From Endurance to Dressage
I am going back to work today. Well, I was there yesterday but only to set up my dismantled office. Five laptops, an extra screen, a small clock, iPad, a document camera, a web camera, a handful of mice, two surge protectors, and a USB hub all require a schematic, an engineer, and a technology team. None of which I did or had, of course, but it's done and ready for this morning.
On Tuesday evening, I stripped down my home office. Earlier in the year I had had the brilliant idea of using a silver Sharpie to label each device's electrical cord. I am so grateful I did because over the course of the year I've added more and more devices, and once you start unplugging stuff, it can be really hard to remember which plugs and cords go with which device.
Last week I took most of my teacher's editions and any other books that I wouldn't need for this week back to school. Yesterday morning, I loaded all of the laptops and gadgets into a rolling crate and the rest of my books and supplies went in another crate. All of that went to school yesterday.
I am certainly glad to have my office back. I can now quit doing my banking and blogging at the kitchen counter. I've spent so much time in my office teaching that anytime I could get away from the cameras, I took it. My dogs aren't going to be very happy about my return to school, and I am certainly going to miss my "mullet" attire - school shirt on top, yoga pants and slippers on the bottom. It's time though. Kids need to be back in school.
I am not particularly happy about the revised school schedule though, and I fear that California's governor is going to drag this thing out indefinitely. California has no exit plan. No strategy for living mask free. Our elected leaders don't really want a future free of fear and isolation. They say they do, but there is no plan to make that happen.
In the beginning, we were asked to help "flatten the curve." Do our part to "save lives." Instead of two weeks, Californians have spent an entire year living ever more isolated lives. Many have been forced out of their jobs. Kids are only just now returning to school, more than a year after the "two-week" shutdown.
In Kern County, there have been a mere 658 resident deaths out of a population of over 900,000 people. Of those deaths, 67% were 65 and older, a population whose continued life expectancy is already low under normal circumstances. We already know that those elderly patients who died during this pandemic were already dealing with serious health complications. There is a strong likelihood that they would have succumbed to their illnesses even without COVID-19.
As I asked more than a year ago, was all of this worth it? I think you already know how I feel.
Back to the future ... ten of my students will come to school from 8:00 - 11:00, four days a week. The other twenty-one will continue with distance learning from 12:00 - 3:00 on those same fours days. On Wednesdays, all thirty-one of my students will log in for one hour as we do a quick reading lesson. They will have the rest of the day to work independently. Since I have no preparation periods or office hours during the day, the students' independent day is the day I've been given to lesson plan, grade work, build my online links, and work with my grade level team.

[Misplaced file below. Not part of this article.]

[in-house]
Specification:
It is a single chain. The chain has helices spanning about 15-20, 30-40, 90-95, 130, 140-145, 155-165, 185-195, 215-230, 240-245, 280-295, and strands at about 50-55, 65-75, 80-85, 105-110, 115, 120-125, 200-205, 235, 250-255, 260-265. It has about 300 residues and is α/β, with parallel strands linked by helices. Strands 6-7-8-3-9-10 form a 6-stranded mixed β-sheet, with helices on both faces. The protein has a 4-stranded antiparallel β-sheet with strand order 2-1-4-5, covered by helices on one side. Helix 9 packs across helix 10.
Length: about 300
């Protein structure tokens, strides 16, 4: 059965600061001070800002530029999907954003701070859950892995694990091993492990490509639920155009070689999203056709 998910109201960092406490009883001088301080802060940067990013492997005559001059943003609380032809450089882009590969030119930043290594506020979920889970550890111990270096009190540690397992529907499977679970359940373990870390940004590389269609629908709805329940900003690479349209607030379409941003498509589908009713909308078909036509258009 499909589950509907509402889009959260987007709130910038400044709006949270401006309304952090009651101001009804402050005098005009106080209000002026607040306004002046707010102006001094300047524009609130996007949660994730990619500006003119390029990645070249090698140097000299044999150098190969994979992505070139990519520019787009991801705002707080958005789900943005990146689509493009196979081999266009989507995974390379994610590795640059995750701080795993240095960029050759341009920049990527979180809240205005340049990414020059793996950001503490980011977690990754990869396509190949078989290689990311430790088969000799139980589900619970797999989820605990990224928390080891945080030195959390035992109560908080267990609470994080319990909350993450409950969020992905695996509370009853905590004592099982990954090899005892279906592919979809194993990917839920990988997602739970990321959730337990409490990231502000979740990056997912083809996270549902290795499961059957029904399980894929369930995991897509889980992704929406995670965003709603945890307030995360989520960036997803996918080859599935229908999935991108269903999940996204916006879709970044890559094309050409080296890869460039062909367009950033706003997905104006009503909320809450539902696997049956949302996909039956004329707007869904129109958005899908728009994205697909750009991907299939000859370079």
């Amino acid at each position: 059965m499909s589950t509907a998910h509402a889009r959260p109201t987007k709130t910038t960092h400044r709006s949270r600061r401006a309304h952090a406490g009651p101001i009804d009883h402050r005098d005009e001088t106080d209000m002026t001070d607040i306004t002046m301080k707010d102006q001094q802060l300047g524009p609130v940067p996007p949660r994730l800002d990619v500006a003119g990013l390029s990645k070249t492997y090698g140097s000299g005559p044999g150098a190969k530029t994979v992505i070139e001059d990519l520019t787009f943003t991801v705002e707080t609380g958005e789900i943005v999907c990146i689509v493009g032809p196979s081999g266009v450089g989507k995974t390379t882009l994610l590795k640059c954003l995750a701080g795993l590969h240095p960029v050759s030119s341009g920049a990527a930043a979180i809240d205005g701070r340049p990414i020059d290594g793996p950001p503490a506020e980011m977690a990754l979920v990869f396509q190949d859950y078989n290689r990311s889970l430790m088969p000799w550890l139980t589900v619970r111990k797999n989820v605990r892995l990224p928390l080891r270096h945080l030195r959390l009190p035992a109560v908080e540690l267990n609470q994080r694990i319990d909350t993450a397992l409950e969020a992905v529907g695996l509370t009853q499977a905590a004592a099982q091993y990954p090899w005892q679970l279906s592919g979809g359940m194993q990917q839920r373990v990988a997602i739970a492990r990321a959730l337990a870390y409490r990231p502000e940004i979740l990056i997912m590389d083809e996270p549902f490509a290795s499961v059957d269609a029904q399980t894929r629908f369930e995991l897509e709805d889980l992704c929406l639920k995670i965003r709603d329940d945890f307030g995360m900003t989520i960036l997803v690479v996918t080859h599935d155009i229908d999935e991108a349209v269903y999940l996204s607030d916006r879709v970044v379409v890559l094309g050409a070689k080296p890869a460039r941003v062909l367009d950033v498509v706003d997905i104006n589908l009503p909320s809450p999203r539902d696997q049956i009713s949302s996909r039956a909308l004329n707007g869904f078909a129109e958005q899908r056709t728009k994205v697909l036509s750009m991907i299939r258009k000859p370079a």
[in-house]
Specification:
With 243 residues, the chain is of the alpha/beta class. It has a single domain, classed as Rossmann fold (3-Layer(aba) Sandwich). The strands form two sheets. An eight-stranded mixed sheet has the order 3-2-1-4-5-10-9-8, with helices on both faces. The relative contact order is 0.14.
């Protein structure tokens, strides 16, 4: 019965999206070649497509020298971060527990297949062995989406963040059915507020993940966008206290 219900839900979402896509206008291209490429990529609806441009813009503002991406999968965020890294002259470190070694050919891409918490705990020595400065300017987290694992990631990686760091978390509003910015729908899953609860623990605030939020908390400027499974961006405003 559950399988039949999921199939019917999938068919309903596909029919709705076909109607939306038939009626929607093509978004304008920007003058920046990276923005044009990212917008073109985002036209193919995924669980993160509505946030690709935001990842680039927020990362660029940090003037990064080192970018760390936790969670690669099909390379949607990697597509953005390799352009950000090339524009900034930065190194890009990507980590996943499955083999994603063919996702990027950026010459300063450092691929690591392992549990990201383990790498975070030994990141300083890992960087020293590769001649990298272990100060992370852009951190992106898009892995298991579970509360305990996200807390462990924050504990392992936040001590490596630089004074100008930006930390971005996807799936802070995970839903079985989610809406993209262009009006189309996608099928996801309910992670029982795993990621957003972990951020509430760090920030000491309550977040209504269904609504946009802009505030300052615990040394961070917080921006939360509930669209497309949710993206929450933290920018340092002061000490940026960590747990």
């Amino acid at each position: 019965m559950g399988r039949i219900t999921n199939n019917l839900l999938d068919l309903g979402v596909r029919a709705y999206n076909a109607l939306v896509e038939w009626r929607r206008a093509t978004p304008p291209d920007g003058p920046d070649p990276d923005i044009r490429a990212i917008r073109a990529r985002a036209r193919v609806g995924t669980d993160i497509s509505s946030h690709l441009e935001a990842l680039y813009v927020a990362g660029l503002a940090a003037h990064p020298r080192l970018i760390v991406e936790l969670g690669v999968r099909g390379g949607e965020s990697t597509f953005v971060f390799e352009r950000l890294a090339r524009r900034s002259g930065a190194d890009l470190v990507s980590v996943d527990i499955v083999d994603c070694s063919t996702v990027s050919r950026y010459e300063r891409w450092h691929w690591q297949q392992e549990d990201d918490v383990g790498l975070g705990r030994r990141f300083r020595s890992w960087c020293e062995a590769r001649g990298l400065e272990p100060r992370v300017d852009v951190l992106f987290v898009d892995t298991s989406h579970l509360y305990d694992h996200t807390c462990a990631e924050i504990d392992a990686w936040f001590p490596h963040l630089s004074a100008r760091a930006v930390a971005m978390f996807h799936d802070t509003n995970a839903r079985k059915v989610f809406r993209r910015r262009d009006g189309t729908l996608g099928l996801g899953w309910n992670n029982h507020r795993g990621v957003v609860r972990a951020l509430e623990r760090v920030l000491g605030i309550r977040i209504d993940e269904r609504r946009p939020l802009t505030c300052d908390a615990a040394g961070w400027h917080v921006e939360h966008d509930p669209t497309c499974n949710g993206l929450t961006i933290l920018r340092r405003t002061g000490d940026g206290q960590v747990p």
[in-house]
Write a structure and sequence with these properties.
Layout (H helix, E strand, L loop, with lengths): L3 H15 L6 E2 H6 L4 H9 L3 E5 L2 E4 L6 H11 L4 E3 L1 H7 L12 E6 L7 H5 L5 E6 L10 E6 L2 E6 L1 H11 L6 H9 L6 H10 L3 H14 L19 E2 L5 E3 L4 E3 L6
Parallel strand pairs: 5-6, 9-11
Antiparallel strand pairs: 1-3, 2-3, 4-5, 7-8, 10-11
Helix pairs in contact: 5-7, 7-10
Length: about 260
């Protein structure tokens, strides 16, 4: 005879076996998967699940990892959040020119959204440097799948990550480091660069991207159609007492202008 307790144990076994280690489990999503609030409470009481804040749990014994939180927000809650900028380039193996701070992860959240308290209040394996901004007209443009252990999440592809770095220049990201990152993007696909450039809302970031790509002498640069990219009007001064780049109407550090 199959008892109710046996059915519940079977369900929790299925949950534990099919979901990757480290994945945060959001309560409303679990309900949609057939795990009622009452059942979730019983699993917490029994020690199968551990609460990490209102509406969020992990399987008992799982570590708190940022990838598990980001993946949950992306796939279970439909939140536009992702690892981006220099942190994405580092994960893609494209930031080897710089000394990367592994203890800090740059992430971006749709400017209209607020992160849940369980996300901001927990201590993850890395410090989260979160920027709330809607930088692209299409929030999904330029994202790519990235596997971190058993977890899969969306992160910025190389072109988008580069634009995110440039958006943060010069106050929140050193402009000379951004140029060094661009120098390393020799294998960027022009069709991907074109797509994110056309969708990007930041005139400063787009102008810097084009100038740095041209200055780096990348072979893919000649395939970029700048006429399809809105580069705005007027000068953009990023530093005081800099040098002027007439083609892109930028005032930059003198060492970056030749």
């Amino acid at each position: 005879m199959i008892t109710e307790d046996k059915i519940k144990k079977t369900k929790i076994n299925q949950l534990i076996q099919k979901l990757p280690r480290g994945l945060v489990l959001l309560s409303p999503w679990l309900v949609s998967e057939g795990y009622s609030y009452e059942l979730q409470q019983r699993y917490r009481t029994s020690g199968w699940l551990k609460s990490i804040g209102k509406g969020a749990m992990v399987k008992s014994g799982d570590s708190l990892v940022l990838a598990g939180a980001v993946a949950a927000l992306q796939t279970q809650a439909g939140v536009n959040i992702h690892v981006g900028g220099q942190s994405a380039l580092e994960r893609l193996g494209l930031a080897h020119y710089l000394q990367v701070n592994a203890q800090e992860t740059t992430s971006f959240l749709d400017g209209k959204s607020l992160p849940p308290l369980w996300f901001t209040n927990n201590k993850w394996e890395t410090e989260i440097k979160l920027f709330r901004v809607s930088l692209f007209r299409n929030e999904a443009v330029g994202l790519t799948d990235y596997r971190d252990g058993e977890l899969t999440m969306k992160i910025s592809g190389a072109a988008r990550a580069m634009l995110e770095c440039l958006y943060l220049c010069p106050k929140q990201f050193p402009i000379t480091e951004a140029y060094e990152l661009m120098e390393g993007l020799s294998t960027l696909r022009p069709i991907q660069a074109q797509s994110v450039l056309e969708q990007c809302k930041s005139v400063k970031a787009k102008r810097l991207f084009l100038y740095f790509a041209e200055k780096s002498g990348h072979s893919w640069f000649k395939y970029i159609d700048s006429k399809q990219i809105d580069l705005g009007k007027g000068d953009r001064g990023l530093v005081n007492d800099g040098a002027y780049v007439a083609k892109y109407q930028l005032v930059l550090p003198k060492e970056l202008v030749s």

When I asked my students to do a Jamboard showing me how they feel about returning to school (here's mine), some were excited, but most were worried, discouraged, and lonely. They want to be back in school on a regular schedule. They want recess, lunch, assemblies, and the opportunity to actually walk in and out of a library. They want to interact face to face with their peers and me. While I am so angry on behalf of all of those Americans who have lost their jobs, it is kids who I think have suffered the most. My heart breaks for all that they've missed out on or simply lost.
I am hoping that when mid-August rolls around, we can truly get back to a normal future.
About the Writer and Rider
I am a lifelong rider.
I began endurance riding in 1996 where I ultimately completed five, one-day 100 mile races, the 200-mile Death Valley Encounter, and numerous other 50, 65, and 75 mile races. I began showing dressage in 2010.
Welcome to my dressage journey.
About Speedy G
Speedy went from endurance horse to dressage horse. After helping me earn a USDF Bronze medal in the summer of 2020, he is now semi-retired. Speedy is a 2004, 15'1 hand, purebred Arabian gelding. His Arabian Horse Registry name is G Ima Starr FA.
Izzy was started as a four-year old and then spent the next 18 months in pasture growing up. I bought him as a six-year old, and together, we are showing at Second Level. He is a 2008, 16'3 hand warmblood gelding. His Rheinland Pfalz-saar International (RPSI) name is Imperioso.
National Rider Awards
State Rider Awards
State Horse Awards
CDS Sapphire Rider Award
Third Level: 63.514%
Third Level: 62.105%
2021 Show Season
(r) Ride-a-Test Clinic
(Q) Must Qualify
2022 Pending …
2021 Completed …
10/24-25 SCEC (***)
11/7-11/8 SB (***)
4/10-11 SCEC (***)
5/16-17 El Sueño (***)
6/26-27 SCEC (***)
7/17-18 El Sueño (***)
8/7-8 SCEC (***)
10/30-31 SCEC (***)
2021 Qualifying Scores
Regional Adult Amateur Competition (RAAC)
2nd Level Qualifying
3 Scores/2 Judges/60%:
Score 1: 60.610% Bhathal
2nd Level Qualifying
5 Scores/4 Judges/61%:
Stuff I Read